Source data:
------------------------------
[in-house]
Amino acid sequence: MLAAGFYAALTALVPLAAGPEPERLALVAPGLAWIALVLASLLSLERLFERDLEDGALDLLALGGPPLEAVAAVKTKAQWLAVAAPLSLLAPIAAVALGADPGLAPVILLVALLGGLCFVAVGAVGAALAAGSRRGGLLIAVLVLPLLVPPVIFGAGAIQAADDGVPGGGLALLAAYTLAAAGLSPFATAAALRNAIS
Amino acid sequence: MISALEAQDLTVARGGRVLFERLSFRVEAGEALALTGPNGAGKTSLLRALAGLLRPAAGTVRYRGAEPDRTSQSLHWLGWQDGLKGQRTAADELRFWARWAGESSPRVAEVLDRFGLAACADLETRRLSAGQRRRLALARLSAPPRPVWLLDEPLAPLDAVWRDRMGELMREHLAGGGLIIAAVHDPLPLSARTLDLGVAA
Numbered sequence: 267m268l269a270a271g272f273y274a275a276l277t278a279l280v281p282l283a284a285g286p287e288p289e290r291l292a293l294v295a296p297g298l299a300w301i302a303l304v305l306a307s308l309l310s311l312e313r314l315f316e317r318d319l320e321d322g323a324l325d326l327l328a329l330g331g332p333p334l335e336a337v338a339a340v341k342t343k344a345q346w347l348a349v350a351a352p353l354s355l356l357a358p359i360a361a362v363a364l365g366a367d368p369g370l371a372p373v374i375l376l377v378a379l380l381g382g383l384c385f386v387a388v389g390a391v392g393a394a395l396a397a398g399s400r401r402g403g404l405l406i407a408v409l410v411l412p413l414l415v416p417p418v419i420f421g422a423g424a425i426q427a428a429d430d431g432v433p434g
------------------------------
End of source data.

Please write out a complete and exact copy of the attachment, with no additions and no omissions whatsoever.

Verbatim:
[in-house]
Amino acid sequence: MLAAGFYAALTALVPLAAGPEPERLALVAPGLAWIALVLASLLSLERLFERDLEDGALDLLALGGPPLEAVAAVKTKAQWLAVAAPLSLLAPIAAVALGADPGLAPVILLVALLGGLCFVAVGAVGAALAAGSRRGGLLIAVLVLPLLVPPVIFGAGAIQAADDGVPGGGLALLAAYTLAAAGLSPFATAAALRNAIS
Amino acid sequence: MISALEAQDLTVARGGRVLFERLSFRVEAGEALALTGPNGAGKTSLLRALAGLLRPAAGTVRYRGAEPDRTSQSLHWLGWQDGLKGQRTAADELRFWARWAGESSPRVAEVLDRFGLAACADLETRRLSAGQRRRLALARLSAPPRPVWLLDEPLAPLDAVWRDRMGELMREHLAGGGLIIAAVHDPLPLSARTLDLGVAA
Numbered sequence: 267m268l269a270a271g272f273y274a275a276l277t278a279l280v281p282l283a284a285g286p287e288p289e290r291l292a293l294v295a296p297g298l299a300w301i302a303l304v305l306a307s308l309l310s311l312e313r314l315f316e317r318d319l320e321d322g323a324l325d326l327l328a329l330g331g332p333p334l335e336a337v338a339a340v341k342t343k344a345q346w347l348a349v350a351a352p353l354s355l356l357a358p359i360a361a362v363a364l365g366a367d368p369g370l371a372p373v374i375l376l377v378a379l380l381g382g383l384c385f386v387a388v389g390a391v392g393a394a395l396a397a398g399s400r401r402g403g404l405l406i407a408v409l410v411l412p413l414l415v416p417p418v419i420f421g422a423g424a425i426q427a428a429d430d431g432v433p434g